Local Cops say a big concern about the proposal is the risk of collisions on the sidewalks, especially since the law says that pedestrians have the right-of-way over any sidewalk cyclist.

So what next?

The reaction is both welcome, and not un-expected:

The next step for the proposed ordinance is a council vote. But Karyn McConnell-Hancock, the law committee's chairman, said after yesterday's hearing she was not sure when she would bring it back up before the full council.

Smart thinkin' if ya ask me. ;-D

Toledo Blade, of Ohio ( Nov. 1st ): Cyclists see danger in proposed law.

November 26, 2005 in Life on the Street: Local, and state Laws, and other topics | Permalink

Comments

There is a serious flaw in your logic. You are saying it's unsafe for anyone 15 or older to ride on the sidewalk because it doubles the number of intersections and yet we encourage children under 15 to utilize the sidewalk for riding a bike. Please someone explain the logic to me.

Posted by: Dan Gordon | May 28, 2006 9:14:07 PM

Not being an expert in such matters I'll just say that the Young Skulls Full of Mush Set, of Elementary, and Middle School age, have no business being on busy streets unless they have some knowledge concerning how to safely navigate the dangers.

The issue is a difficult one that's for sure, but I'd say that a 10 year old is safer riding along the side of the road in his neighborhood streets than riding on the street along a busy city thoroughfare.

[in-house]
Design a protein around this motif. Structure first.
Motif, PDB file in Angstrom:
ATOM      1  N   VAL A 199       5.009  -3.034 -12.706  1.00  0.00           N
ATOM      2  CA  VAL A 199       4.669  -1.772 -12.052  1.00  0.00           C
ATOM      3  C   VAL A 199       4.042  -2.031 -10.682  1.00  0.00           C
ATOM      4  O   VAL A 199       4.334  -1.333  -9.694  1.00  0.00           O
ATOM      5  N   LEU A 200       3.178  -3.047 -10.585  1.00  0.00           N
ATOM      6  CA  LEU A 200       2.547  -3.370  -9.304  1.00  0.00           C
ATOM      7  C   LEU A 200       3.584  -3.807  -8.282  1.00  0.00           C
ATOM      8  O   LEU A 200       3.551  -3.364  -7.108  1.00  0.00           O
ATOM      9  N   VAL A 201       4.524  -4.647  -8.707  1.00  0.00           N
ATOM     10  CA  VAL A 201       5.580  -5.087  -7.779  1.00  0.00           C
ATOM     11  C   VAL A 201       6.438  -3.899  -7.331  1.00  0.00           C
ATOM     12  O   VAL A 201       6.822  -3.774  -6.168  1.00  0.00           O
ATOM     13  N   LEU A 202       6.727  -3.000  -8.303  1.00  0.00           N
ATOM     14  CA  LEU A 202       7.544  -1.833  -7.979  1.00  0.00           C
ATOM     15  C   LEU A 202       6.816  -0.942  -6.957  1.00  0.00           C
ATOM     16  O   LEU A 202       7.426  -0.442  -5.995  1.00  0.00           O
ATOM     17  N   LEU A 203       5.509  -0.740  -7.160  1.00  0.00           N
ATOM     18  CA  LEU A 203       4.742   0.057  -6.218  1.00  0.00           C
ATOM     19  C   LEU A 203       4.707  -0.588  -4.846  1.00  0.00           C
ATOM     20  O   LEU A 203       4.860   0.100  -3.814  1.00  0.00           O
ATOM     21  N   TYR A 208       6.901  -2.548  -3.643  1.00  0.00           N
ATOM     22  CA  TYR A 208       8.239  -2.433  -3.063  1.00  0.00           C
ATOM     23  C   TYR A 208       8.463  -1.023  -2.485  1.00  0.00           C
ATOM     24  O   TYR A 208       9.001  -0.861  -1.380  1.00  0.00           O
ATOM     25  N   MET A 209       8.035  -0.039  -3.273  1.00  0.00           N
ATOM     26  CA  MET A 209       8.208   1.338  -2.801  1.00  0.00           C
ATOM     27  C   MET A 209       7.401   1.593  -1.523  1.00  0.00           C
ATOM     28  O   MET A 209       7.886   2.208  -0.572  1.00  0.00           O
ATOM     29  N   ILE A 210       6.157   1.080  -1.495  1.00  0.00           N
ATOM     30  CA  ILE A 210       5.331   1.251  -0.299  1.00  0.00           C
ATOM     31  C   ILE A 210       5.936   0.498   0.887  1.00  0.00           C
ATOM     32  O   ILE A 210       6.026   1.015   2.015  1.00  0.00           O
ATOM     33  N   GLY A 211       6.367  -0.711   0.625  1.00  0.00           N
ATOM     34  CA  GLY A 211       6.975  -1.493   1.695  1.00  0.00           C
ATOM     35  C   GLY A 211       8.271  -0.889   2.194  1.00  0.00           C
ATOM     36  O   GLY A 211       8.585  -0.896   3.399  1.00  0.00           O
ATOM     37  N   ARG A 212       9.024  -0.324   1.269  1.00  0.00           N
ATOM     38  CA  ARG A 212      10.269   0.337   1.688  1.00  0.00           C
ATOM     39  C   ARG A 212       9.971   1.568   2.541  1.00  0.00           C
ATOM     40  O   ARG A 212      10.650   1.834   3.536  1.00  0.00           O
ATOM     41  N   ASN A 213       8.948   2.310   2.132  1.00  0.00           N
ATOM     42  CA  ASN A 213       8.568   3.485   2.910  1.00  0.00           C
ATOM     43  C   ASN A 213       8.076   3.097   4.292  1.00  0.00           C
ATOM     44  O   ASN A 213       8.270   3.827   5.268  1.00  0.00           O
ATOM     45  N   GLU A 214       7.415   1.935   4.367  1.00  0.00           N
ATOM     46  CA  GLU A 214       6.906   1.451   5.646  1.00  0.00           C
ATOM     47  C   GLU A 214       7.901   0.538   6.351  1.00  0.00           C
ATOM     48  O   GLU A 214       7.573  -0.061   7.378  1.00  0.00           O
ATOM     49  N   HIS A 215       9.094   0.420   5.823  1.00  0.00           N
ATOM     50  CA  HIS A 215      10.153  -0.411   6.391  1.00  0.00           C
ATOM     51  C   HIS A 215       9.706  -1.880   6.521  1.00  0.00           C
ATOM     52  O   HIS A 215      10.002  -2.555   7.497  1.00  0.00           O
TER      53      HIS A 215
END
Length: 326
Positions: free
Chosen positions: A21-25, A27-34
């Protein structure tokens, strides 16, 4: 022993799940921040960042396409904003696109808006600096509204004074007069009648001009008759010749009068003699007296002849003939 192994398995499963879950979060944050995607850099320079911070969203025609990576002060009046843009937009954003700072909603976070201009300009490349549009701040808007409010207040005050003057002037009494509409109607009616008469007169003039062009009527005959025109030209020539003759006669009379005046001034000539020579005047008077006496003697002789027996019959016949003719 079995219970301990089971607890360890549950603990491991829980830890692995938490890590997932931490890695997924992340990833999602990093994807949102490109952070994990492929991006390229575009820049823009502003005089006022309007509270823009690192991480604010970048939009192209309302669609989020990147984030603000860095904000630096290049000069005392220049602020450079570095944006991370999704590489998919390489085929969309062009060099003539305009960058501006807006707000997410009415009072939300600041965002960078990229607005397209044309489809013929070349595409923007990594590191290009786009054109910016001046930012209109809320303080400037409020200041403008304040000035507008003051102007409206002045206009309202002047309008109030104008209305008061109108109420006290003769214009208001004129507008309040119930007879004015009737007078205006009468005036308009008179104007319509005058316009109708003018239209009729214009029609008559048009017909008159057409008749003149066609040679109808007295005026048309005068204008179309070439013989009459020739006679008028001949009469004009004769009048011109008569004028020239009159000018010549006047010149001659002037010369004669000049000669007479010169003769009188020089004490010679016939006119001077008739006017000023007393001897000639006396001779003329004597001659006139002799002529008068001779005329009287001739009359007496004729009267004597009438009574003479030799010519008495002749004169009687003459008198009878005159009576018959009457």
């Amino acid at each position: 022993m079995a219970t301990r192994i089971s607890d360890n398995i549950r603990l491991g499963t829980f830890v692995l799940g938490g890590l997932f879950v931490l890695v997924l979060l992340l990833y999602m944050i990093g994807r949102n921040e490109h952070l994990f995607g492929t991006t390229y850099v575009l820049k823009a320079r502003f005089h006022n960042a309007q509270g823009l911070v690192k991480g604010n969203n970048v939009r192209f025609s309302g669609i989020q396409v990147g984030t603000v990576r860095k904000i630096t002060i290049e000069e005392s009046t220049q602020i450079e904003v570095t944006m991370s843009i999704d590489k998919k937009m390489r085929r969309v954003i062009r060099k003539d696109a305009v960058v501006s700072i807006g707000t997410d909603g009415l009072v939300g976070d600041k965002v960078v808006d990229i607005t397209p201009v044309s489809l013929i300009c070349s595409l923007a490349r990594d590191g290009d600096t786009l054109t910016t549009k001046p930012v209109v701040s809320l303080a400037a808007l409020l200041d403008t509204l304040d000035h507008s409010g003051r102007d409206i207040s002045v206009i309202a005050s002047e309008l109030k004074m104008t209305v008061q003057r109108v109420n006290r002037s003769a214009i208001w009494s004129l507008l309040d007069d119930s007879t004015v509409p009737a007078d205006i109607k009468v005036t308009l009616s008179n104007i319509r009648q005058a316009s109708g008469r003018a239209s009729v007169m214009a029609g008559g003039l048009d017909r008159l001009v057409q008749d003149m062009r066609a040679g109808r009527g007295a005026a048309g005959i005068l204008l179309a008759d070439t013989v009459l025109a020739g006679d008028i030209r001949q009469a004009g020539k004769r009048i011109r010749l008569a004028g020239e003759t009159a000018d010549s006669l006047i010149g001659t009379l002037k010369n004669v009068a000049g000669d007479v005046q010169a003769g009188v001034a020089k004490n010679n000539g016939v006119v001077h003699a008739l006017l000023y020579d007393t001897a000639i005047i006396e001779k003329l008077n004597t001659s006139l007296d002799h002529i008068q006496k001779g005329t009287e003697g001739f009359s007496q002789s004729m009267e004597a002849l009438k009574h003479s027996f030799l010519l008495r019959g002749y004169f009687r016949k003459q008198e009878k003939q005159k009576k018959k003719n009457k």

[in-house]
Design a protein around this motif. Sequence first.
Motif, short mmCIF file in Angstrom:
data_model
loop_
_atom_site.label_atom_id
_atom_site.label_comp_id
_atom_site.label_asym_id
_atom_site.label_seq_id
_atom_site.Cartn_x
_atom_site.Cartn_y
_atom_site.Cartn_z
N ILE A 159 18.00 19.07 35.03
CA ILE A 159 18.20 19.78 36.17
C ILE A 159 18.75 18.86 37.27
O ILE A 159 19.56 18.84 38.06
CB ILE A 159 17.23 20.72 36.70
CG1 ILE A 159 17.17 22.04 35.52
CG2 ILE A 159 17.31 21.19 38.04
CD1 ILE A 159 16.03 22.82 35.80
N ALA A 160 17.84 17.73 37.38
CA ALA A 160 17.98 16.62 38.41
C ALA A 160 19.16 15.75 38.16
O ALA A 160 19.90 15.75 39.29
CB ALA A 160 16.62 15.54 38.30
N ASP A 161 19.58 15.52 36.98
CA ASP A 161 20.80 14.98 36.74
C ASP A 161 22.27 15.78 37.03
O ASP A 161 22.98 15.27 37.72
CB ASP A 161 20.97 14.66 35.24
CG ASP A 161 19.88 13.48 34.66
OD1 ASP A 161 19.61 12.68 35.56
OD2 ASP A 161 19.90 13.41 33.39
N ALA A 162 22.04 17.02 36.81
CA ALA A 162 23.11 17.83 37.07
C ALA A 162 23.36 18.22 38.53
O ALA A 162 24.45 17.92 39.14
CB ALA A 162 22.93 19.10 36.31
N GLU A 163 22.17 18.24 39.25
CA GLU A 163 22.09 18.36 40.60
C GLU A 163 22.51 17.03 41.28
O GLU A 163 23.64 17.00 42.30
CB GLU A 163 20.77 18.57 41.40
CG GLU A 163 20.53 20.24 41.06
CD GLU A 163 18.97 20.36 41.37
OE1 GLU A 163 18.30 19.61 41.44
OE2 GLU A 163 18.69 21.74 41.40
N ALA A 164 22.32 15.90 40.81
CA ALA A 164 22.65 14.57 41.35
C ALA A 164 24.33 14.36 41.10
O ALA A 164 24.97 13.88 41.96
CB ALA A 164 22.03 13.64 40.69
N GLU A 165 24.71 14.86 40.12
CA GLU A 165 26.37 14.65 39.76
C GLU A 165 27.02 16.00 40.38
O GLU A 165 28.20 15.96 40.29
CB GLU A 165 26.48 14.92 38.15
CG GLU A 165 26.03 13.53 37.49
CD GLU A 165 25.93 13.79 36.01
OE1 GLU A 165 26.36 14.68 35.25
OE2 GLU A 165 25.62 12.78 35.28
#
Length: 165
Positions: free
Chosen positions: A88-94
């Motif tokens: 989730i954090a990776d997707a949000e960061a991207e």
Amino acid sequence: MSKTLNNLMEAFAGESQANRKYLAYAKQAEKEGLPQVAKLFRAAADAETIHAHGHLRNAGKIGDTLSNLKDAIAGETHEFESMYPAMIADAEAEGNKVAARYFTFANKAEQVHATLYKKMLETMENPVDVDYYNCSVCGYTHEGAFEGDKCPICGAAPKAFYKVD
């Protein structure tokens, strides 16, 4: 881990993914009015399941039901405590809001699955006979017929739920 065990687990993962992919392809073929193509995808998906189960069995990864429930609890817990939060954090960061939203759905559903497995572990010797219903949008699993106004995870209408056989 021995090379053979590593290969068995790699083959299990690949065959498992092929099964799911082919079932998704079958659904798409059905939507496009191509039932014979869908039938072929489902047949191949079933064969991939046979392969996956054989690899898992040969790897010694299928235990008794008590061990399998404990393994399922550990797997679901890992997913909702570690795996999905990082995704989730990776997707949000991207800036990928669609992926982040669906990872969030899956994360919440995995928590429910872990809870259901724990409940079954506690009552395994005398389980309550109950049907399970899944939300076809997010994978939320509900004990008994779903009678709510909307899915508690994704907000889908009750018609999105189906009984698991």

There ARE educational efforts regarding such youthful cyclists, and that is good, but there needs to be more.

Cycling on the sidewalk, though not recommended for older teens, and adults, deemed to presumablly be at least more able to be aware of their surroundings, and even able to edumicate themselves about Safe Cycling, is still safer for children than being on the street.

Admittedly the issue is a complicated one.

Posted by: Kiril Kundurazieff | May 28, 2006 9:36:34 PM

I ride everywhere, weather permitting, and 95% of the time it is on a sidewalk.

I have 48+ years experience doing this without a single incident involving another vehicle of any kind or pedestrian!

With the high ratio of cell-phone use during the operation of motor vehicles in roadways, I feel much safer riding the sidewalks due to the likelihood of a distracted or careless driver veering over the white line on the right side of the road and hitting me.

In 2003 I rode from Florida to Findlay, OH. and two close calls were due to this scenario.

When a person is used to negotiating traffic at the intersections of sidewalks and driveways or businesses the learned experience becomes instinctual and at least in my case has resulted in a perfect safety record.

I am aware of several accidents due to bicycles on roadways, and all too often it is traumatic.

Sidewalks afford otherwise unshielded vehicles and their occupant(s),driver, a necessary buffer zone from motorized vehicles.

Posted by: Pete Kidwell | Aug 27, 2016 12:48:49 AM